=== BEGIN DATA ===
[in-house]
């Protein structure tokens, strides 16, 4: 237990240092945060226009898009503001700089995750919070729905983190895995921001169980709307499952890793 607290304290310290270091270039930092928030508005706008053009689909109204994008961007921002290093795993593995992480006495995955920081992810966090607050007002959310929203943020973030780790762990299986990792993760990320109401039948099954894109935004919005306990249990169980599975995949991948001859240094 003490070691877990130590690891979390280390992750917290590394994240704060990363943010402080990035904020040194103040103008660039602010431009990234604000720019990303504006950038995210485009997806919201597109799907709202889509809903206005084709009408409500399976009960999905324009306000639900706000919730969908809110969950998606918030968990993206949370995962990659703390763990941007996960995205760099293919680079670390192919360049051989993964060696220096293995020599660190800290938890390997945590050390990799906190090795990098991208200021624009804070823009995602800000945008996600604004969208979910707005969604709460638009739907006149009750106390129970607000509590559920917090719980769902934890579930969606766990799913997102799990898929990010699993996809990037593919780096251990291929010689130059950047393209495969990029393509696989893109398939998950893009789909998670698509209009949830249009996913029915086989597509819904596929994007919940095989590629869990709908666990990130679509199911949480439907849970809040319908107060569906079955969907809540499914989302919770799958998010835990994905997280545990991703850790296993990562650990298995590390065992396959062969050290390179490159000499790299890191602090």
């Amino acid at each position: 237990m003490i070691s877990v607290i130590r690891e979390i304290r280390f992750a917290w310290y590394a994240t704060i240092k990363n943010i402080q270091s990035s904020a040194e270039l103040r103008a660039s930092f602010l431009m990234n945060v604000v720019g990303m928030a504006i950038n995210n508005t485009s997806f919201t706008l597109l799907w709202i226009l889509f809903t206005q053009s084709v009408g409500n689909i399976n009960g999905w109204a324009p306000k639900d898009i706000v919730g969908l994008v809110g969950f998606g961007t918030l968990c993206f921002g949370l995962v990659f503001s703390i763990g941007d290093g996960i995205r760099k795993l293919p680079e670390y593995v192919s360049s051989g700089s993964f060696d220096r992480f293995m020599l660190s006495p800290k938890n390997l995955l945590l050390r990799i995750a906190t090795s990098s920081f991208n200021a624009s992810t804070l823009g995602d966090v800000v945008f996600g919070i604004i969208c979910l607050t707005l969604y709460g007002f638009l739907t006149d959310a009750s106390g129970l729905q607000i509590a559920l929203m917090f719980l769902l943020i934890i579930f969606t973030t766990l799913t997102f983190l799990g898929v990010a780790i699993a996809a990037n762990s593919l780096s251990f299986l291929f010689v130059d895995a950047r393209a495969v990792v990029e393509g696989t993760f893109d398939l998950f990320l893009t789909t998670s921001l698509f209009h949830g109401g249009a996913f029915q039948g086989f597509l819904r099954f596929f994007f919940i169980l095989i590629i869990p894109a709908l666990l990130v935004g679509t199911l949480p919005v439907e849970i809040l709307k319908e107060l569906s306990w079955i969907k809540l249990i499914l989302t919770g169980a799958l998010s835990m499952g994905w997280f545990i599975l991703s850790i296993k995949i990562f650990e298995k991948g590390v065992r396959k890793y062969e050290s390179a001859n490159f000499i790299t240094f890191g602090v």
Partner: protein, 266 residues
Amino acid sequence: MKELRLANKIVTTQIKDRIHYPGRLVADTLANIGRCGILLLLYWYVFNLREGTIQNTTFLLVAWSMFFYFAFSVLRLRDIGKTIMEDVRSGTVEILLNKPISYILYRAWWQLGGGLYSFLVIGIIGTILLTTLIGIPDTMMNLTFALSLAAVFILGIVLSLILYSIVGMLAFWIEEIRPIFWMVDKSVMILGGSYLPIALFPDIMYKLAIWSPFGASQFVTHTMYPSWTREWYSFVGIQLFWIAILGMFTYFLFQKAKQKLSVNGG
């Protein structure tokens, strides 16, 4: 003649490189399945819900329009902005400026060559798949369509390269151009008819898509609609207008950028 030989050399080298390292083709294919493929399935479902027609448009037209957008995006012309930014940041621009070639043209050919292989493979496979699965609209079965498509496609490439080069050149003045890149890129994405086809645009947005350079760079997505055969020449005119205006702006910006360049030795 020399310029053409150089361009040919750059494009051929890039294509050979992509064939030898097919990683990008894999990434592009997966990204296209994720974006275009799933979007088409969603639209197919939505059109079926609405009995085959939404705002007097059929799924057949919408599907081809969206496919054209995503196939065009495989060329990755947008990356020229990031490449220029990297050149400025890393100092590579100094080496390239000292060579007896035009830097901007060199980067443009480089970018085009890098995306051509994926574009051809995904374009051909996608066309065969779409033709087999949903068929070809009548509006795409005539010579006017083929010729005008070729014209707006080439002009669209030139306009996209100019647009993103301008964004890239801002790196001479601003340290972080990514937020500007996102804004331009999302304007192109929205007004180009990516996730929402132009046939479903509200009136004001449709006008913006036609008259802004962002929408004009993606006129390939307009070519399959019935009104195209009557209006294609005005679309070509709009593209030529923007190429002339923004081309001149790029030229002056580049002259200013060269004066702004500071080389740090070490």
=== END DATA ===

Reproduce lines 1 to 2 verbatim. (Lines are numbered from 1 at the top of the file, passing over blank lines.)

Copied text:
[in-house]
């Protein structure tokens, strides 16, 4: 237990240092945060226009898009503001700089995750919070729905983190895995921001169980709307499952890793 607290304290310290270091270039930092928030508005706008053009689909109204994008961007921002290093795993593995992480006495995955920081992810966090607050007002959310929203943020973030780790762990299986990792993760990320109401039948099954894109935004919005306990249990169980599975995949991948001859240094 003490070691877990130590690891979390280390992750917290590394994240704060990363943010402080990035904020040194103040103008660039602010431009990234604000720019990303504006950038995210485009997806919201597109799907709202889509809903206005084709009408409500399976009960999905324009306000639900706000919730969908809110969950998606918030968990993206949370995962990659703390763990941007996960995205760099293919680079670390192919360049051989993964060696220096293995020599660190800290938890390997945590050390990799906190090795990098991208200021624009804070823009995602800000945008996600604004969208979910707005969604709460638009739907006149009750106390129970607000509590559920917090719980769902934890579930969606766990799913997102799990898929990010699993996809990037593919780096251990291929010689130059950047393209495969990029393509696989893109398939998950893009789909998670698509209009949830249009996913029915086989597509819904596929994007919940095989590629869990709908666990990130679509199911949480439907849970809040319908107060569906079955969907809540499914989302919770799958998010835990994905997280545990991703850790296993990562650990298995590390065992396959062969050290390179490159000499790299890191602090």